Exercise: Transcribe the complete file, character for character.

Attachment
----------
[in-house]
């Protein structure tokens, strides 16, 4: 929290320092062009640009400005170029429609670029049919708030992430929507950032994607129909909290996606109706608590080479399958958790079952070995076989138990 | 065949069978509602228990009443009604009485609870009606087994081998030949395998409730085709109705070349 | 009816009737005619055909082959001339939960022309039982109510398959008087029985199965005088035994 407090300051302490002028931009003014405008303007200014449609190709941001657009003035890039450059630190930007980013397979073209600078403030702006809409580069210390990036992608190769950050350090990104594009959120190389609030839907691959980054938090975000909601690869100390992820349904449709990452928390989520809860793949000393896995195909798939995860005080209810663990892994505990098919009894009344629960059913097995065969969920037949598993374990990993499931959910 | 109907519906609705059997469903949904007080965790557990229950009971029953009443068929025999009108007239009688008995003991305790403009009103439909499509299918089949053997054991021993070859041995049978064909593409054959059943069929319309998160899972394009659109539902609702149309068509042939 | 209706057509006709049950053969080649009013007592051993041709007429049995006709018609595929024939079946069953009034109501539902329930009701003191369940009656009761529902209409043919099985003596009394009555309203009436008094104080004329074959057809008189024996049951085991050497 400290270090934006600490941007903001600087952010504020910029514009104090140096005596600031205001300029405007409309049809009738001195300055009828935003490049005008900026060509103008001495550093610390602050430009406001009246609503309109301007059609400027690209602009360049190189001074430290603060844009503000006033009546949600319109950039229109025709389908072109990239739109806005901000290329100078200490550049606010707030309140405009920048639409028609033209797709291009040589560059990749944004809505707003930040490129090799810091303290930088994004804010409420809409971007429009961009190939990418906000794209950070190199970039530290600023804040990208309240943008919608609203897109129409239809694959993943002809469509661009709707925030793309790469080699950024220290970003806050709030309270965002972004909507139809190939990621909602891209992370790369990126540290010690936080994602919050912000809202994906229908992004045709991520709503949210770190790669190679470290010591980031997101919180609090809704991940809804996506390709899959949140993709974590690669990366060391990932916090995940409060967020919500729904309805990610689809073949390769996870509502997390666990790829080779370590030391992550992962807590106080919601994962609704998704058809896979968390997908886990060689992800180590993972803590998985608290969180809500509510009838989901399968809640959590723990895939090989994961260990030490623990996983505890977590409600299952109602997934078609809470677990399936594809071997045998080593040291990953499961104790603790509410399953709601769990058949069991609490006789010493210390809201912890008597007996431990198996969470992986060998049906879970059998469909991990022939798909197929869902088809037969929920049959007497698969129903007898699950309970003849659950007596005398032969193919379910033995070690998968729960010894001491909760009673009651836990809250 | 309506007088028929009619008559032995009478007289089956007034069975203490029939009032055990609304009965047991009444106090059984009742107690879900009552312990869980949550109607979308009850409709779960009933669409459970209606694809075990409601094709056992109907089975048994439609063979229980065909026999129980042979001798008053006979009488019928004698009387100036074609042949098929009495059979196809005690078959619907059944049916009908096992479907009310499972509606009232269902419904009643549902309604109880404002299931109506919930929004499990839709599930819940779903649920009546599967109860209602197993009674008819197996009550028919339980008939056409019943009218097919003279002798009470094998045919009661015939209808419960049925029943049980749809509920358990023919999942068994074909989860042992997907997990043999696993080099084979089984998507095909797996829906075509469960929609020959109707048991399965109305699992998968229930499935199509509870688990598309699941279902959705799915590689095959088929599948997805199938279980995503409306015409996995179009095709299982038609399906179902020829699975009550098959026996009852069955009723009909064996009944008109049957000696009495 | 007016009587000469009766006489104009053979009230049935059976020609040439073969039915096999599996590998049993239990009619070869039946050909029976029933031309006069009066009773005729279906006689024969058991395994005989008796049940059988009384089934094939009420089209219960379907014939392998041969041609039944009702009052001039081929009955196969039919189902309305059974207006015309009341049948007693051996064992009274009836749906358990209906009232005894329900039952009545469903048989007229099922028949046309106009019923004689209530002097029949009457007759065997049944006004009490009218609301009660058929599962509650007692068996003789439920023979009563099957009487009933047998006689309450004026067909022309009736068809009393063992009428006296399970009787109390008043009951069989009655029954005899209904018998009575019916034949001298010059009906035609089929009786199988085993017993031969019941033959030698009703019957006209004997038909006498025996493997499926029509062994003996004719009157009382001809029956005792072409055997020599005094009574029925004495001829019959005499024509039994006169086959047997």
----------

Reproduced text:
[in-house]
């Protein structure tokens, strides 16, 4: 929290320092062009640009400005170029429609670029049919708030992430929507950032994607129909909290996606109706608590080479399958958790079952070995076989138990 | 065949069978509602228990009443009604009485609870009606087994081998030949395998409730085709109705070349 | 009816009737005619055909082959001339939960022309039982109510398959008087029985199965005088035994 407090300051302490002028931009003014405008303007200014449609190709941001657009003035890039450059630190930007980013397979073209600078403030702006809409580069210390990036992608190769950050350090990104594009959120190389609030839907691959980054938090975000909601690869100390992820349904449709990452928390989520809860793949000393896995195909798939995860005080209810663990892994505990098919009894009344629960059913097995065969969920037949598993374990990993499931959910 | 109907519906609705059997469903949904007080965790557990229950009971029953009443068929025999009108007239009688008995003991305790403009009103439909499509299918089949053997054991021993070859041995049978064909593409054959059943069929319309998160899972394009659109539902609702149309068509042939 | 209706057509006709049950053969080649009013007592051993041709007429049995006709018609595929024939079946069953009034109501539902329930009701003191369940009656009761529902209409043919099985003596009394009555309203009436008094104080004329074959057809008189024996049951085991050497 400290270090934006600490941007903001600087952010504020910029514009104090140096005596600031205001300029405007409309049809009738001195300055009828935003490049005008900026060509103008001495550093610390602050430009406001009246609503309109301007059609400027690209602009360049190189001074430290603060844009503000006033009546949600319109950039229109025709389908072109990239739109806005901000290329100078200490550049606010707030309140405009920048639409028609033209797709291009040589560059990749944004809505707003930040490129090799810091303290930088994004804010409420809409971007429009961009190939990418906000794209950070190199970039530290600023804040990208309240943008919608609203897109129409239809694959993943002809469509661009709707925030793309790469080699950024220290970003806050709030309270965002972004909507139809190939990621909602891209992370790369990126540290010690936080994602919050912000809202994906229908992004045709991520709503949210770190790669190679470290010591980031997101919180609090809704991940809804996506390709899959949140993709974590690669990366060391990932916090995940409060967020919500729904309805990610689809073949390769996870509502997390666990790829080779370590030391992550992962807590106080919601994962609704998704058809896979968390997908886990060689992800180590993972803590998985608290969180809500509510009838989901399968809640959590723990895939090989994961260990030490623990996983505890977590409600299952109602997934078609809470677990399936594809071997045998080593040291990953499961104790603790509410399953709601769990058949069991609490006789010493210390809201912890008597007996431990198996969470992986060998049906879970059998469909991990022939798909197929869902088809037969929920049959007497698969129903007898699950309970003849659950007596005398032969193919379910033995070690998968729960010894001491909760009673009651836990809250 | 309506007088028929009619008559032995009478007289089956007034069975203490029939009032055990609304009965047991009444106090059984009742107690879900009552312990869980949550109607979308009850409709779960009933669409459970209606694809075990409601094709056992109907089975048994439609063979229980065909026999129980042979001798008053006979009488019928004698009387100036074609042949098929009495059979196809005690078959619907059944049916009908096992479907009310499972509606009232269902419904009643549902309604109880404002299931109506919930929004499990839709599930819940779903649920009546599967109860209602197993009674008819197996009550028919339980008939056409019943009218097919003279002798009470094998045919009661015939209808419960049925029943049980749809509920358990023919999942068994074909989860042992997907997990043999696993080099084979089984998507095909797996829906075509469960929609020959109707048991399965109305699992998968229930499935199509509870688990598309699941279902959705799915590689095959088929599948997805199938279980995503409306015409996995179009095709299982038609399906179902020829699975009550098959026996009852069955009723009909064996009944008109049957000696009495 | 007016009587000469009766006489104009053979009230049935059976020609040439073969039915096999599996590998049993239990009619070869039946050909029976029933031309006069009066009773005729279906006689024969058991395994005989008796049940059988009384089934094939009420089209219960379907014939392998041969041609039944009702009052001039081929009955196969039919189902309305059974207006015309009341049948007693051996064992009274009836749906358990209906009232005894329900039952009545469903048989007229099922028949046309106009019923004689209530002097029949009457007759065997049944006004009490009218609301009660058929599962509650007692068996003789439920023979009563099957009487009933047998006689309450004026067909022309009736068809009393063992009428006296399970009787109390008043009951069989009655029954005899209904018998009575019916034949001298010059009906035609089929009786199988085993017993031969019941033959030698009703019957006209004997038909006498025996493997499926029509062994003996004719009157009382001809029956005792072409055997020599005094009574029925004495001829019959005499024509039994006169086959047997």